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Publisher's Summary

A best-selling linguist takes us on a lively tour of how the English language is evolving before our eyes - and why we should embrace this transformation and not fight it.
Language is always changing - but we tend not to like it. We understand that new words must be created for new things, but the way English is spoken today rubs many of us the wrong way. Whether it's the use of literally to mean "figuratively" rather than "by the letter" or the way young people use LOL and like, or business jargon like what's the ask? - it often seems as if the language is deteriorating before our eyes.
But the truth is different and a lot less scary, as John McWhorter shows in this delightful and eye-opening exploration of how English has always been in motion and continues to evolve today. Drawing examples from everyday life and employing a generous helping of humor, he shows that these shifts are a natural process common to all languages and that we should embrace and appreciate these changes, not condemn them.
Words on the Move opens our eyes to the surprising backstories to the words and expressions we use every day. Did you know that silly once meant "blessed"? Or that ought was the original past tense of owe? Or that the suffix -ly in adverbs is actually a remnant of the word like? And have you ever wondered why some people from New Orleans sound as if they come from Brooklyn?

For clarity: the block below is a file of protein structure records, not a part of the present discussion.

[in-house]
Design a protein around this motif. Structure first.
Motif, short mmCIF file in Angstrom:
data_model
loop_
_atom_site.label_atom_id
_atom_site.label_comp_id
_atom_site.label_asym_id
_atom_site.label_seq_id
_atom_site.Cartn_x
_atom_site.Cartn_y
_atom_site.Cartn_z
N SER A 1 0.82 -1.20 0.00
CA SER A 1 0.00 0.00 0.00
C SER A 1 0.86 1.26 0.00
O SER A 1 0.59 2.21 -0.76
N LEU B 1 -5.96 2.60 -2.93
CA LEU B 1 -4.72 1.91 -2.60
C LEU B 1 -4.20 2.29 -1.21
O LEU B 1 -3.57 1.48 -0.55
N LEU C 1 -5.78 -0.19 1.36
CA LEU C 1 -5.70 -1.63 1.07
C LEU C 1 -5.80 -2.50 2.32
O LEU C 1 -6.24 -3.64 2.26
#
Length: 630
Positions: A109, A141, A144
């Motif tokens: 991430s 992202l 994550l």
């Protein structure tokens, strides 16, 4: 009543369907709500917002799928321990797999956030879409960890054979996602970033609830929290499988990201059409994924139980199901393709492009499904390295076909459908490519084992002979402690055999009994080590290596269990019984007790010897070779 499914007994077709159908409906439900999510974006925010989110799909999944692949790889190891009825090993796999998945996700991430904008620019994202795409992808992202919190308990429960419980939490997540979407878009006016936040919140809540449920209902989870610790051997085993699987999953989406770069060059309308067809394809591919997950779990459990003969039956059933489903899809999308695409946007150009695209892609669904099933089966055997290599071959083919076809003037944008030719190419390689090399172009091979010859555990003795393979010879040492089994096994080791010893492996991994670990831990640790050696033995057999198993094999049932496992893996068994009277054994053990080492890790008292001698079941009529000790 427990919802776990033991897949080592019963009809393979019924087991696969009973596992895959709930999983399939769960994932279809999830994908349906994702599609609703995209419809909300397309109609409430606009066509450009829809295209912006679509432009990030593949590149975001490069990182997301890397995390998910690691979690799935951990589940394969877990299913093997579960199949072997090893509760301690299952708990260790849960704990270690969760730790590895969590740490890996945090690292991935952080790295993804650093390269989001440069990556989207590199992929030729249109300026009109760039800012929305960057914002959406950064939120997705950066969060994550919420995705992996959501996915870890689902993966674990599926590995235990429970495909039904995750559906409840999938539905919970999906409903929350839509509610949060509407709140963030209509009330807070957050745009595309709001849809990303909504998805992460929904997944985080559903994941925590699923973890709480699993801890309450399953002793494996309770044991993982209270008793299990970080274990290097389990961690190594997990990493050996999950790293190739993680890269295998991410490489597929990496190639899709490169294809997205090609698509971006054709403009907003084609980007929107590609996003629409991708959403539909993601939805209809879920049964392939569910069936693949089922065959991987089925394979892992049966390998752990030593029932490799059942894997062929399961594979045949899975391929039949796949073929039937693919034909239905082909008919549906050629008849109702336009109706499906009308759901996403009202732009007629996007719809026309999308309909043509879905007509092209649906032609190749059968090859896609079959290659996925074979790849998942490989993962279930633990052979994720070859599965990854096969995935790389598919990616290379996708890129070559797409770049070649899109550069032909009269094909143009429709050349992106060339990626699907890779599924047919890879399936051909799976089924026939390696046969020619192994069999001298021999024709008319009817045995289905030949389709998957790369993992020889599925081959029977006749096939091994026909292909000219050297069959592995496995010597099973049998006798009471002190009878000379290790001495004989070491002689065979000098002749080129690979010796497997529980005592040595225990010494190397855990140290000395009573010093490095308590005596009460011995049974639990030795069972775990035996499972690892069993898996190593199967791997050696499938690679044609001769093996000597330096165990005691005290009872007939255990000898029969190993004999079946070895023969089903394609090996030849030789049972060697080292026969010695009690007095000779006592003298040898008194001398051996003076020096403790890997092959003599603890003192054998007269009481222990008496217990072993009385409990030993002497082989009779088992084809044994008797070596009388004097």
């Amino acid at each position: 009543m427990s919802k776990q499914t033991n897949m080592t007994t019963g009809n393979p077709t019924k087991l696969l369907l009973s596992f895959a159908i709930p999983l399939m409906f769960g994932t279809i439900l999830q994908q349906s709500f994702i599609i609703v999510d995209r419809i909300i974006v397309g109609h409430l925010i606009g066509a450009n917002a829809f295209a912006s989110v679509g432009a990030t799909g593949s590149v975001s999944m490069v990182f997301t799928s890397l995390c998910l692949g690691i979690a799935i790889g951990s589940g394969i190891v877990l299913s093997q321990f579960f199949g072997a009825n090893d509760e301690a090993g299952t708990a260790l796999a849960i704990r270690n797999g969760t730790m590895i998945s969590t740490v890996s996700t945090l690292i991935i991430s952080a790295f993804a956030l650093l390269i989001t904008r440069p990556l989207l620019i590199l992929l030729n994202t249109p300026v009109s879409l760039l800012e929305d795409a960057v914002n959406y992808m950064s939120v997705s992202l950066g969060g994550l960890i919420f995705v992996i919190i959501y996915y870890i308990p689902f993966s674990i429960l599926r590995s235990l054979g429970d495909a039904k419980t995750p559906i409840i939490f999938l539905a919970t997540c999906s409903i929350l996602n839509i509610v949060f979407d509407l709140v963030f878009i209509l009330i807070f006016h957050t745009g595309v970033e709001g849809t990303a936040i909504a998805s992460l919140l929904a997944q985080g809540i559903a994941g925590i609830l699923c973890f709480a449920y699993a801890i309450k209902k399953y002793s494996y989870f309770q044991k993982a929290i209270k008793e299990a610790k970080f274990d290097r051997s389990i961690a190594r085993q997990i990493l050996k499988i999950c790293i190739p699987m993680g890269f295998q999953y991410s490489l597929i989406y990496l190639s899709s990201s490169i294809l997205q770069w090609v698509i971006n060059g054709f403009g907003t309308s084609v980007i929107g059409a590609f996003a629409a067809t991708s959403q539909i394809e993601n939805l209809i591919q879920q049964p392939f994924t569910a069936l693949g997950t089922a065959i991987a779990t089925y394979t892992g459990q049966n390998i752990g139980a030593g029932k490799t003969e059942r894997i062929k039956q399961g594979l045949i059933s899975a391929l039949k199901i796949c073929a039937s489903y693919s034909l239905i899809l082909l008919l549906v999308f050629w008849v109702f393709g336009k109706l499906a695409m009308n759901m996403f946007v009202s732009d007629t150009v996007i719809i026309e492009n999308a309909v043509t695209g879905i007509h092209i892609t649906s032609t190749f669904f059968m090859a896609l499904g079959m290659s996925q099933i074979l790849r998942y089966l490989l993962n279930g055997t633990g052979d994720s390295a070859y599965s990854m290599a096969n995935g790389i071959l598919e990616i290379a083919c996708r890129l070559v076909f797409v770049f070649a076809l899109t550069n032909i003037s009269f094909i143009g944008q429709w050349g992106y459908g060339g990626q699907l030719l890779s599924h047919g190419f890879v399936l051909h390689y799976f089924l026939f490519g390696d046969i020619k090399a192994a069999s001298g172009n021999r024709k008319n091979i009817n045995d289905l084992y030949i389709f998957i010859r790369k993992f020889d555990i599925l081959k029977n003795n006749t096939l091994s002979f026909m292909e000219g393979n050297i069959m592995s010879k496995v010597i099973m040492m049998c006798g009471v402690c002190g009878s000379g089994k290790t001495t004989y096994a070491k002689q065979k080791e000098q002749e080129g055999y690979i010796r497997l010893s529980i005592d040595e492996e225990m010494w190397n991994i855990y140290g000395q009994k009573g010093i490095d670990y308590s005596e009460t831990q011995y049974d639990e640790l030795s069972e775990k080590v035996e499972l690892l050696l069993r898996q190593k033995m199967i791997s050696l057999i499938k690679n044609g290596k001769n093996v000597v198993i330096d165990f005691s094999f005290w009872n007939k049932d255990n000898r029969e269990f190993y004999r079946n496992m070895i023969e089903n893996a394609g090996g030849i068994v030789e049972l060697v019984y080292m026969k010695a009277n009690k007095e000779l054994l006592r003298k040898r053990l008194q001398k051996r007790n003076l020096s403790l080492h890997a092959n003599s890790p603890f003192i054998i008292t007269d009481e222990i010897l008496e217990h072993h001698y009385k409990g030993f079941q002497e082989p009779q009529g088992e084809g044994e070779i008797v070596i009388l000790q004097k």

McWhorter encourages us to marvel at the dynamism and resilience of the English language, and his book offers a lively journey through which we discover that words are ever on the move, and our lives are all the richer for it.
©2016 John H. McWhorter (P)2016 Audible, Inc.
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Customer Reviews

Most Helpful

By sgonk on 10-02-16

Literally A Great Listen

John McWhorter has an knack for explaining linguistic concepts engagingly. This time, he's focusing on how language changes over time--words changing meaning and pronunciation.

In a relatively short book, the reader/listener learns quite a bit. I also learned to relax a bit about the "right" way to say things. It still jars me to hear someone say, "I literally died!," but I don't get so irritated (or even aggravated).

The subject matter lends itself perfectly to the audio-book format, and McWhorter's narration is clear and enjoyable. I read some of the book, but it was so good to listen to that I didn't skip ahead after reading--I listened to the same parts that I had just read.

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35 of 36 people found this review helpful

By Margaret on 09-25-16

Review By a Fan

I follow Prof. McWhorter--listen to his books, watch his Ted Talks; if he were to give a lecture in my town, I'd buy a ticket. He has several themes he returns to over and over again: that languages evolve, that English is not spoken correctly vs. incorrectly, but in dialects, the effect of texting on the language and so on. He hits them again in Words on the Move.

Some people might eventually find this slightly repetitive, but not me. I like his jokes, his anecdotes and--occasionally--his total goofy nerdiness. (His comprehensive knowledge of vintage sit coms, for example.) So I'm giving this five stars because I enjoy all of the above. If you don't, you'll still like the book, but you may not feel motivated to award five stars. I totally get that. You do you, I do me...


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46 of 49 people found this review helpful

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